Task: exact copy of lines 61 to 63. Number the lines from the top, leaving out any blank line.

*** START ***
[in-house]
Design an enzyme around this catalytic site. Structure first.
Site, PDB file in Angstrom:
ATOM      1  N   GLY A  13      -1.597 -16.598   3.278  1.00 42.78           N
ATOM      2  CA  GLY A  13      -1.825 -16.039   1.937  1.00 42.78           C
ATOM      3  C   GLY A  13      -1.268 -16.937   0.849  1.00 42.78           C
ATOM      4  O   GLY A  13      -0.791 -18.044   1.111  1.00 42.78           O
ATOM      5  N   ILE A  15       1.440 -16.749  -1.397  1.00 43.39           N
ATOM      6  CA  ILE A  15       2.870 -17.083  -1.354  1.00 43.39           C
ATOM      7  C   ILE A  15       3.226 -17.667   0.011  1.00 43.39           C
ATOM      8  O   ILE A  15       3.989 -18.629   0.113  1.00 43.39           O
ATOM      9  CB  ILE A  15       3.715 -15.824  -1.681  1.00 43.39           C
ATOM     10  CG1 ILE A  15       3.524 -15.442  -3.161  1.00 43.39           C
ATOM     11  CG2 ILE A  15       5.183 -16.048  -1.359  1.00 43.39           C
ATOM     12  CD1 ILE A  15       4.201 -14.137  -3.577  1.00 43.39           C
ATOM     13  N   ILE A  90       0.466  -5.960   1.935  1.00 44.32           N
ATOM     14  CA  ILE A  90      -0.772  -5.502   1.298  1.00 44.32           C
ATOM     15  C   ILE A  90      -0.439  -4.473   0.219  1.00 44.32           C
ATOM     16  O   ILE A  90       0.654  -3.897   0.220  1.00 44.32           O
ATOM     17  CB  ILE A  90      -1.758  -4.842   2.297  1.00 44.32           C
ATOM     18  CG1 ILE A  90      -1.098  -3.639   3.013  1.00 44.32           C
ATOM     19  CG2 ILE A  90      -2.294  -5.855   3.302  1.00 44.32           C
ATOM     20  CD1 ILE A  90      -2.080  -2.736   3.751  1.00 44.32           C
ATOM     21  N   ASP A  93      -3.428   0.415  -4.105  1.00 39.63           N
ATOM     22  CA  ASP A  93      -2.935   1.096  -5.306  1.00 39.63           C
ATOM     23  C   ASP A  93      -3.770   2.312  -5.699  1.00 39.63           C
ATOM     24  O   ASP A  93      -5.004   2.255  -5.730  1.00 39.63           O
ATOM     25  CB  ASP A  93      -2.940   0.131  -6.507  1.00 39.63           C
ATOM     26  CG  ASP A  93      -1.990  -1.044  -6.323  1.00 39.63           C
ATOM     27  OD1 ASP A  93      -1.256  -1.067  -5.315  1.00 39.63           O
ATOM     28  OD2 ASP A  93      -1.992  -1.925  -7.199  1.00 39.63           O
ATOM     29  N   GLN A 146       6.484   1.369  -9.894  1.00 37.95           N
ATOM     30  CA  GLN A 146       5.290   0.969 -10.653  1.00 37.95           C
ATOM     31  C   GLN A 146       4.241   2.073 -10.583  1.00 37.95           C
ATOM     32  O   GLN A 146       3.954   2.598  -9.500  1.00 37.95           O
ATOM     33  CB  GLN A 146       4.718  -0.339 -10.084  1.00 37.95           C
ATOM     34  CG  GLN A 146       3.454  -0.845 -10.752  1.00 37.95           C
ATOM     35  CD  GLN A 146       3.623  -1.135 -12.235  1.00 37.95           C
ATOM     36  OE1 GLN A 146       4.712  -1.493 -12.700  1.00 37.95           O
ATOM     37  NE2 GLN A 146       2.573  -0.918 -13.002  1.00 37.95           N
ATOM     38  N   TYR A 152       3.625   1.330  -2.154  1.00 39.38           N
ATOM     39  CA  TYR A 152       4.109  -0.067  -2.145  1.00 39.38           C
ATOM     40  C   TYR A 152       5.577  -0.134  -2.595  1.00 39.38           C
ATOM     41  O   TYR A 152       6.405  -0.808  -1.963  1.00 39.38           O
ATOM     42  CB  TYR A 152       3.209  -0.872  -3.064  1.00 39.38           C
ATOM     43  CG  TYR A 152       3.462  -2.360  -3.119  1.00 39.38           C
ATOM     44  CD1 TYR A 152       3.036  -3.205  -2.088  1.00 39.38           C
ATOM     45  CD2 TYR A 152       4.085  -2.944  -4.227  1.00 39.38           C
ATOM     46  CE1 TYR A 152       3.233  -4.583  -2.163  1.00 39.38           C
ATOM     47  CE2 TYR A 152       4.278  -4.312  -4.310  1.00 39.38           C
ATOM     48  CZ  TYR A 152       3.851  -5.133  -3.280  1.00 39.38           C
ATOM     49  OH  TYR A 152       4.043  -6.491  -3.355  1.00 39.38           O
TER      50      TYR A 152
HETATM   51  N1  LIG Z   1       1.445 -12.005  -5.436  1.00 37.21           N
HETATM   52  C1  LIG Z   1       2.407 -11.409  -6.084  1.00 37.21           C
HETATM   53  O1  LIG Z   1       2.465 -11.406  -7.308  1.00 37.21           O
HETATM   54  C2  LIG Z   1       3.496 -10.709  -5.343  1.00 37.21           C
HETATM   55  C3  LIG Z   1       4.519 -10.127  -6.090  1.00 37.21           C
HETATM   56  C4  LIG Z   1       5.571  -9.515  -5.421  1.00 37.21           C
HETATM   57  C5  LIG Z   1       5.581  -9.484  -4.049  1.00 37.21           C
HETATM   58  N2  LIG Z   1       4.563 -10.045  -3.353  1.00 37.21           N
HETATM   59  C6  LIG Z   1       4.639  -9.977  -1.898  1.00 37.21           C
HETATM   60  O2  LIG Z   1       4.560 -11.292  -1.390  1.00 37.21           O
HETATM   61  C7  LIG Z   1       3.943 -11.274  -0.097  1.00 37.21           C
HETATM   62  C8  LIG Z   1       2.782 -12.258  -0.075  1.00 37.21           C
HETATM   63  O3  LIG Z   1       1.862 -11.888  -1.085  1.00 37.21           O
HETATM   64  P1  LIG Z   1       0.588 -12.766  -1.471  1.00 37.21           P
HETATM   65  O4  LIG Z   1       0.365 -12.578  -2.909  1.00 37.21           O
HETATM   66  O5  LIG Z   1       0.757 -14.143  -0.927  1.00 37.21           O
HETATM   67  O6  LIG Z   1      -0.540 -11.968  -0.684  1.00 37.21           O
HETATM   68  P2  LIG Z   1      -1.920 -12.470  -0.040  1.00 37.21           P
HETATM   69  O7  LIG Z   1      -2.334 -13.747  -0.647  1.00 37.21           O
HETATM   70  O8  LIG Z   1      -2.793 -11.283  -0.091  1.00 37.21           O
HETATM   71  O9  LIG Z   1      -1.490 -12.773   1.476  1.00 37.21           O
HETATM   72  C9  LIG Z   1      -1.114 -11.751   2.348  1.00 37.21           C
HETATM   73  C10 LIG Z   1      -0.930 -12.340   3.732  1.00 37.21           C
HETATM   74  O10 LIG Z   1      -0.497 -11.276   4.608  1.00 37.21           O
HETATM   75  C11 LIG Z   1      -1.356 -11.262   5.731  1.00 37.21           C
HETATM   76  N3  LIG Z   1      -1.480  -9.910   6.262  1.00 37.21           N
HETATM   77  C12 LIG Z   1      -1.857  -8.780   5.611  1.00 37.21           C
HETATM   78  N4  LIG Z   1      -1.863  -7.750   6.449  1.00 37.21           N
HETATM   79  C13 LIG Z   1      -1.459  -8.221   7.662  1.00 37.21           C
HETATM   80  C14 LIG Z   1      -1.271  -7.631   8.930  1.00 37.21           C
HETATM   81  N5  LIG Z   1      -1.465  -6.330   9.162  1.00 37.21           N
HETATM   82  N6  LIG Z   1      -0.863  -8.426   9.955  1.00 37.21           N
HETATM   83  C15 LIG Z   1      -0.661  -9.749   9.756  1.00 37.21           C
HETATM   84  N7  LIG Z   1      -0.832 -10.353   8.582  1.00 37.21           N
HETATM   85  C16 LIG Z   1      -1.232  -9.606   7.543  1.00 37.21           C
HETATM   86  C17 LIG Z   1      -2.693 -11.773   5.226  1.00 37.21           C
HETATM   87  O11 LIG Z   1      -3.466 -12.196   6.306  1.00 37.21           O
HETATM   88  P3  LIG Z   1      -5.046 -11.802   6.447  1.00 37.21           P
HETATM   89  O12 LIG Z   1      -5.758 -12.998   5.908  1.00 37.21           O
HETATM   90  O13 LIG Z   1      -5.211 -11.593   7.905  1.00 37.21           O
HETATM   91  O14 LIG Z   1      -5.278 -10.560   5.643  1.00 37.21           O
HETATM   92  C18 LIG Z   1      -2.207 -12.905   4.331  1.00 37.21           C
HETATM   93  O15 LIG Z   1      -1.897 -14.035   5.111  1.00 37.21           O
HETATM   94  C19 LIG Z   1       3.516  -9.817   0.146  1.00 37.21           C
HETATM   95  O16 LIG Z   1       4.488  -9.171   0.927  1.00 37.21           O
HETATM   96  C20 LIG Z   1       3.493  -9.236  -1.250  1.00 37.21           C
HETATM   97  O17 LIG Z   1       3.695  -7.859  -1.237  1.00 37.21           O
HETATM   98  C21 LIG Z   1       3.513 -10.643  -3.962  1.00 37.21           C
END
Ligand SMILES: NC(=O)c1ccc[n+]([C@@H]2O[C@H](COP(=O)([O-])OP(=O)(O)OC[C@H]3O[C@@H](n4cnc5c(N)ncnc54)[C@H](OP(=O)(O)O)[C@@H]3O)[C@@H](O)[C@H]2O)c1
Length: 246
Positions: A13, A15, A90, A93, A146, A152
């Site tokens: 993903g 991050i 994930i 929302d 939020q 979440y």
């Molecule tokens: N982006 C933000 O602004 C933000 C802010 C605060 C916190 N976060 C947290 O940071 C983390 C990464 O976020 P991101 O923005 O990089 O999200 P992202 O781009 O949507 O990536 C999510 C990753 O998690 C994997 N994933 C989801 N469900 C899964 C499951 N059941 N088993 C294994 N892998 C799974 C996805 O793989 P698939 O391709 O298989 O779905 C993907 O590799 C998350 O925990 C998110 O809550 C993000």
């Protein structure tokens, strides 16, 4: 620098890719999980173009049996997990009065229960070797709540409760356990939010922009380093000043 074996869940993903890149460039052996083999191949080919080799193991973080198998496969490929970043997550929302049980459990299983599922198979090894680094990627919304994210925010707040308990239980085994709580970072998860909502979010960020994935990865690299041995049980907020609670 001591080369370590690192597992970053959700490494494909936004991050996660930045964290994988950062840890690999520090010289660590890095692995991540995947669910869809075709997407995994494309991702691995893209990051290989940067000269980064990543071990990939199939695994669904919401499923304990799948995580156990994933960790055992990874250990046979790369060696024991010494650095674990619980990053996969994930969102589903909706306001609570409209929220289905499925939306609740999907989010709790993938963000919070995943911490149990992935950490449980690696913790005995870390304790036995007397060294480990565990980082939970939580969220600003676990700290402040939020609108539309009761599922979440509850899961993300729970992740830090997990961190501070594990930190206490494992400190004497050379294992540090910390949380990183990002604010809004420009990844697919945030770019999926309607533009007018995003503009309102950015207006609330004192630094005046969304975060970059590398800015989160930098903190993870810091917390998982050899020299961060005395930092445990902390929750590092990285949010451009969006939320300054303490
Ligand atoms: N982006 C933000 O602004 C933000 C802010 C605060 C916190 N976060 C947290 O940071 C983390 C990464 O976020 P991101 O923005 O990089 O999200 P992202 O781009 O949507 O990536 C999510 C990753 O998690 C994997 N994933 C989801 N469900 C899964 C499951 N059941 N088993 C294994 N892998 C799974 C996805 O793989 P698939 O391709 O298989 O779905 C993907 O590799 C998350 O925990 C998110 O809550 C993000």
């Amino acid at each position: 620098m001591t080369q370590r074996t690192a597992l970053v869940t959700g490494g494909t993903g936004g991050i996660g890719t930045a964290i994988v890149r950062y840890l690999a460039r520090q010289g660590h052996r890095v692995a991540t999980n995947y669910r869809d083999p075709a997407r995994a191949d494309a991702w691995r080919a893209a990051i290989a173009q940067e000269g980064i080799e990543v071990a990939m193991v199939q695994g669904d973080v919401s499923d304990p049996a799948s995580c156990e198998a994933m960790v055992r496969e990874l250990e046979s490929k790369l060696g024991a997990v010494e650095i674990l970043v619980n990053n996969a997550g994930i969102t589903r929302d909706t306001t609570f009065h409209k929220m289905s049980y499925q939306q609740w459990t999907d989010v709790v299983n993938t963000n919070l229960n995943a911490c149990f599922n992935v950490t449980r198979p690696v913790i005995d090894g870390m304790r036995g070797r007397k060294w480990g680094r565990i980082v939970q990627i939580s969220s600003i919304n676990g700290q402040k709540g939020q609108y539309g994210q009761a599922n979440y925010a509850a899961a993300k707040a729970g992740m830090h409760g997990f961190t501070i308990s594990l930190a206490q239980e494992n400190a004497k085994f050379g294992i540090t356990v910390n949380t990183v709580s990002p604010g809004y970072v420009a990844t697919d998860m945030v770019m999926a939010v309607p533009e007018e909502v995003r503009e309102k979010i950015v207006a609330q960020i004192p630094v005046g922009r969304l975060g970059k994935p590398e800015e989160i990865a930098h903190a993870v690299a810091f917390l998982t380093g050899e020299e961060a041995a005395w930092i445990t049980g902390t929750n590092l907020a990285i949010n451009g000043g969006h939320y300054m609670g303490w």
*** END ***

HETATM   58  N2  LIG Z   1       4.563 -10.045  -3.353  1.00 37.21           N
HETATM   59  C6  LIG Z   1       4.639  -9.977  -1.898  1.00 37.21           C
HETATM   60  O2  LIG Z   1       4.560 -11.292  -1.390  1.00 37.21           O